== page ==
Does he actually have any credibility left? I wouldn't trust him if he told me the sky was blue.

I have yet to forgive him for what he did whilst managing the Scottish team.
 

Ian_Cook


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Everyone definitely needs to watch this video- sums up everything many of us have said.


I have watched the video and it sums up nothing

This is nothing more than a carefully crafted reel of cherry-picked highlights to show what they wanted to show, with anything that didn't support their flawed opinions being selectively edited out. If I could be bothered, and if I had a studio full of video techs, I could do a highlights reel that would show how and when France infringed without being sanctioned.

For example, they missed out an instance in the first few minutes where a French player picked up the ball while off his feet, from an offside position.

More importantly, they conveniently do not show the offside French player walk down the side of a ruck and kick the ball out of the NZ side without ever binding into the ruck, which is what the Law requires, and that led directly to Dusutoirs try.

Its also obvious that the idiot in the pink shirt hasn't got the foggiest idea about the Laws of the Game, and does not understand the concept of "materiality". It is fairly common for Team A to commit an offence and not be penalised but Team B committing the same offence does get penalised, because the context of the two penalties is different, i.e. Team A's infringement wasn't material and Team B's was.

Also, I do NOT believe Woodcock's tackle was a high tackle under the Laws of the game. The FIRST point of contact on the ball carrier (Trinh-Duc?) was half-way between elbow and shoulder, then he shrugged the tackle off by lifting his right arm up and ducking his head to the left. Woodcock's tackle arm goes completely over the top of his head and misses everything, so no contact with the ball-carrier above the line of the shoulders, so no high tackle.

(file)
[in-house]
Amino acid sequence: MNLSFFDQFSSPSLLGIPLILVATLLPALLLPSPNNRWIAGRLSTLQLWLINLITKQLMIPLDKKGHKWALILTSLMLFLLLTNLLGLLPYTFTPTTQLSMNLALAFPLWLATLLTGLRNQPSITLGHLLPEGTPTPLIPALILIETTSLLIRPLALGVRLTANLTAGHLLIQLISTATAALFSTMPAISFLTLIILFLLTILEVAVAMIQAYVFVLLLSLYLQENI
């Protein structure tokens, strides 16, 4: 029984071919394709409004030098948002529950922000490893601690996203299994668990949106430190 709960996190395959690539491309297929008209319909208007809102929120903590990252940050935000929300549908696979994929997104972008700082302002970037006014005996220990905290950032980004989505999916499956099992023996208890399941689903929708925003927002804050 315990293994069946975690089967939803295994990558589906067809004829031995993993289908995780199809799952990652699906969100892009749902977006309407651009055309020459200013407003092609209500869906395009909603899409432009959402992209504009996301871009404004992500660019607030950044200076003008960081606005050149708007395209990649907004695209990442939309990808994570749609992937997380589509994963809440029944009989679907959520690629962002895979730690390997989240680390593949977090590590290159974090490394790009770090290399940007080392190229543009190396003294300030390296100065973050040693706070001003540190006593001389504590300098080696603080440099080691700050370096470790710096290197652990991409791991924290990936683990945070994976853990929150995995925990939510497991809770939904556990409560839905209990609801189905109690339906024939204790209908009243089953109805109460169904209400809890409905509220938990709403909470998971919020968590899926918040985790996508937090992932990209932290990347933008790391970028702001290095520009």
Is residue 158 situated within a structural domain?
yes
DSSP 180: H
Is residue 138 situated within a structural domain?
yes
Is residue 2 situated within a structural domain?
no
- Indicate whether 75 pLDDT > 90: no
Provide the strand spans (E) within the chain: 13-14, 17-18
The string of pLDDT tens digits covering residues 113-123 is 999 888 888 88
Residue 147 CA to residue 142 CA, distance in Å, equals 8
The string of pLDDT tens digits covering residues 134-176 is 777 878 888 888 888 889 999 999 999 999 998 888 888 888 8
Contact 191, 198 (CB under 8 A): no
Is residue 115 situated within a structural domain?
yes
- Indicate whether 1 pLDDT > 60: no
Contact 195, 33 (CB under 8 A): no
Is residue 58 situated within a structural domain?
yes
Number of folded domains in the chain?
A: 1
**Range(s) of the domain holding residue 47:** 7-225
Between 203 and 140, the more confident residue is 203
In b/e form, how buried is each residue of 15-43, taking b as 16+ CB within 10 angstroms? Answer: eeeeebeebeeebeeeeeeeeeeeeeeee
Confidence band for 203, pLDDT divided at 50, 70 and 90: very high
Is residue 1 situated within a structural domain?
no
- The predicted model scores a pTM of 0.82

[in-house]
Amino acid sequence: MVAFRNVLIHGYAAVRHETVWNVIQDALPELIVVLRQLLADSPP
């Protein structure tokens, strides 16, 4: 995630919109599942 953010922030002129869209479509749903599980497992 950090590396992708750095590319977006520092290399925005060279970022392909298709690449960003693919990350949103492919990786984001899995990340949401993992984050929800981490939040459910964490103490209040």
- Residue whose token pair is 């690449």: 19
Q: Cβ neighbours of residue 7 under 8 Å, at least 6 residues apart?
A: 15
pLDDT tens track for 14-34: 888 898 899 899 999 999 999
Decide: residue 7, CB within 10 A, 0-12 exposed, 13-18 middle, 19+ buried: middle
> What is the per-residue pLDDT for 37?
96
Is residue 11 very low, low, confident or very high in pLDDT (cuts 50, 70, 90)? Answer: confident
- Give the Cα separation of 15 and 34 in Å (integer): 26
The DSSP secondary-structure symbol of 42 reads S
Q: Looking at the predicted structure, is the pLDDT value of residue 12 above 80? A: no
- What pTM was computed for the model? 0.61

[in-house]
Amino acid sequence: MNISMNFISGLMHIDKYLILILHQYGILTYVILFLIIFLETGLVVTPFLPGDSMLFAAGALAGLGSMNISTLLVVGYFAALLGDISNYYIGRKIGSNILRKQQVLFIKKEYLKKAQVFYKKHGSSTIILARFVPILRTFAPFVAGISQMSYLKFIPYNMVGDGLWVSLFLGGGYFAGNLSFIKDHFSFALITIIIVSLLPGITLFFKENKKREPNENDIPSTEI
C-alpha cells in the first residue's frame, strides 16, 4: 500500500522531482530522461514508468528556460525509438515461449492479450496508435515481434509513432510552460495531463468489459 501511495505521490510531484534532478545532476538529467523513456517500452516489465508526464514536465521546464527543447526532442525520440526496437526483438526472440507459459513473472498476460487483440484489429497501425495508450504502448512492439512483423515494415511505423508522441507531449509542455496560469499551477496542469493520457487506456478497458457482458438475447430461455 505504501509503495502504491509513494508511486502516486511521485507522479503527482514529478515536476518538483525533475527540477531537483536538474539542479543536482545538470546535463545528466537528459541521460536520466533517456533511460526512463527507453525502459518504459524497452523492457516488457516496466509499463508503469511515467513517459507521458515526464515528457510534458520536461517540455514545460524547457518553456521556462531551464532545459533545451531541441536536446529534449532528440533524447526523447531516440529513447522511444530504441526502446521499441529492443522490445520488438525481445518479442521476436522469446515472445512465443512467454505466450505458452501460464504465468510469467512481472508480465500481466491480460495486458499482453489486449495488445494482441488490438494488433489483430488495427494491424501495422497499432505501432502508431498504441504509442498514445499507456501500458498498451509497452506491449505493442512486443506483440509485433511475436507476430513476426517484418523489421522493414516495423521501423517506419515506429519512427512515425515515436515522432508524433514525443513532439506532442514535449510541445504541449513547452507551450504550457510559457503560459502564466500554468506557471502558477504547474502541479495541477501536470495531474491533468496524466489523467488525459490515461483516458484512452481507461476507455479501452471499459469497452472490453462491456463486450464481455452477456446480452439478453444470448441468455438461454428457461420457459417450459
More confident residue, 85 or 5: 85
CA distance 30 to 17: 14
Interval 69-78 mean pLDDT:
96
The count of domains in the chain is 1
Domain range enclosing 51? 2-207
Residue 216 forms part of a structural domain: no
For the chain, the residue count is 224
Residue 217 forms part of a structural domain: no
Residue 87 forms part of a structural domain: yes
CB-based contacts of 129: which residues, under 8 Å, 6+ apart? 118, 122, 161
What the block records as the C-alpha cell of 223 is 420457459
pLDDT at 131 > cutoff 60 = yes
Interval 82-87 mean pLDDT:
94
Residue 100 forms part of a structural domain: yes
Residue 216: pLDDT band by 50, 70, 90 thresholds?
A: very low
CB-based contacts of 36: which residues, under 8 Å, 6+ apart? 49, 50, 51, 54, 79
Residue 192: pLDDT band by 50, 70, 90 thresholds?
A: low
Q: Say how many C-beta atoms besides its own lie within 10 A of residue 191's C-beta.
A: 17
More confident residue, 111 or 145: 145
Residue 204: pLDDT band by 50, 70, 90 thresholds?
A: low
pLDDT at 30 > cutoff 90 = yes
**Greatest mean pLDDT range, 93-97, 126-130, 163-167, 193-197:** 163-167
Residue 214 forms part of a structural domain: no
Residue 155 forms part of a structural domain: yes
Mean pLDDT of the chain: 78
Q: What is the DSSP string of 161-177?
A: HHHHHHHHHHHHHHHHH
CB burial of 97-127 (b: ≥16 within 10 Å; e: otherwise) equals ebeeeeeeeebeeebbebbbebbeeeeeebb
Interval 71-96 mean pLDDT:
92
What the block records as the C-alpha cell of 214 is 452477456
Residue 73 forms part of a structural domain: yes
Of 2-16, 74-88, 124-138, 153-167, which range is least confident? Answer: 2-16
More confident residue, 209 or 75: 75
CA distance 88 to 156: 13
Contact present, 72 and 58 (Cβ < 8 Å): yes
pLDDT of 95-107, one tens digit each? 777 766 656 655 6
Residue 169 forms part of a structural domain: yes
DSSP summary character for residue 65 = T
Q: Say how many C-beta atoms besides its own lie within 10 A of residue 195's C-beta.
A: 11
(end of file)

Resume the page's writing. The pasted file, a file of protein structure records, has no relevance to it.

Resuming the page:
soulphoenix

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What do the players do to understand any law changes?

Oh my! Would it surprise you to know that I, along with thousands of other players, have a bookmark like this: http://www.irb.com/lawregulations/index.html ?

Do you advocate the referee not applying the law changes?

Lol! I simply can't say it again; please read my previous posts.

There is a serious problem with the first 6 referees. Are they not attending society training sessions? Are they not getting assessed?

It will surprise you greatly to hear that I've had a referee this season who scoffed at some of the new laws and said he'd be refereeing it his way, admittedly it wasn't a league game but still...

TBH I wasn't expecting the idea that referees are human, fallible and indeed occasionally mildly subversive to be so insufferable; I'm not advocating negative characteristics but as a player I accept them as a fact of life.

Another account I could give is from a league game where our hooker had questioned a couple of decisions. At a following line out the ref penalised him for not being two meters away. I then asked the ref if he couldn't have warned him before the ball came in. He said 'Yes, but he was p***ing me off!' - I laughed and said 'Fair enough!' - I'm sure thousands of similar anecdotes could be told by players all over the world. I could mention far more destructive accounts to show how 'bad' referees can be but this wasn't my purpose; I was trying to highlight what I consider to be the real issue around this topic, not be drawn into a mud-slinging competition.

Anyway, I'm afraid this is now taking up far too much of my time so I'm simply going to end with the same statement with which I began - the problem is not Joubert.
 

damo


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I have watched the video and it sums up nothing